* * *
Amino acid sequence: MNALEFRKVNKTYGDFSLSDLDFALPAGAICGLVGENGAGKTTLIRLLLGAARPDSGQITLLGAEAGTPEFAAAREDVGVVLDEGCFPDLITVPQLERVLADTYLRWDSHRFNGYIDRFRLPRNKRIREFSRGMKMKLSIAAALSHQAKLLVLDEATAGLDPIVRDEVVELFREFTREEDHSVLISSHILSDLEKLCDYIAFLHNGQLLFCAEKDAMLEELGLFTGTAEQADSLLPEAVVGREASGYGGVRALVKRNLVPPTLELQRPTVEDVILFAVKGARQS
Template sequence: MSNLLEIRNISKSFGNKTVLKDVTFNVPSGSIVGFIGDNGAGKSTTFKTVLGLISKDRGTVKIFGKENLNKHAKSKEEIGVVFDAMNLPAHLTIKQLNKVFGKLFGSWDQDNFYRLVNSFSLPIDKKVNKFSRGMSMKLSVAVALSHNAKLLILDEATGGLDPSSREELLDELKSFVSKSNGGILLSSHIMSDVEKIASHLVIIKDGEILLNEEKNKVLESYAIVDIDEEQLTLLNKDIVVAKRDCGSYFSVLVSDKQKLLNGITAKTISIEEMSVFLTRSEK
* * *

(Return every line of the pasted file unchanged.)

Amino acid sequence: MNALEFRKVNKTYGDFSLSDLDFALPAGAICGLVGENGAGKTTLIRLLLGAARPDSGQITLLGAEAGTPEFAAAREDVGVVLDEGCFPDLITVPQLERVLADTYLRWDSHRFNGYIDRFRLPRNKRIREFSRGMKMKLSIAAALSHQAKLLVLDEATAGLDPIVRDEVVELFREFTREEDHSVLISSHILSDLEKLCDYIAFLHNGQLLFCAEKDAMLEELGLFTGTAEQADSLLPEAVVGREASGYGGVRALVKRNLVPPTLELQRPTVEDVILFAVKGARQS
Template sequence: MSNLLEIRNISKSFGNKTVLKDVTFNVPSGSIVGFIGDNGAGKSTTFKTVLGLISKDRGTVKIFGKENLNKHAKSKEEIGVVFDAMNLPAHLTIKQLNKVFGKLFGSWDQDNFYRLVNSFSLPIDKKVNKFSRGMSMKLSVAVALSHNAKLLILDEATGGLDPSSREELLDELKSFVSKSNGGILLSSHIMSDVEKIASHLVIIKDGEILLNEEKNKVLESYAIVDIDEEQLTLLNKDIVVAKRDCGSYFSVLVSDKQKLLNGITAKTISIEEMSVFLTRSEK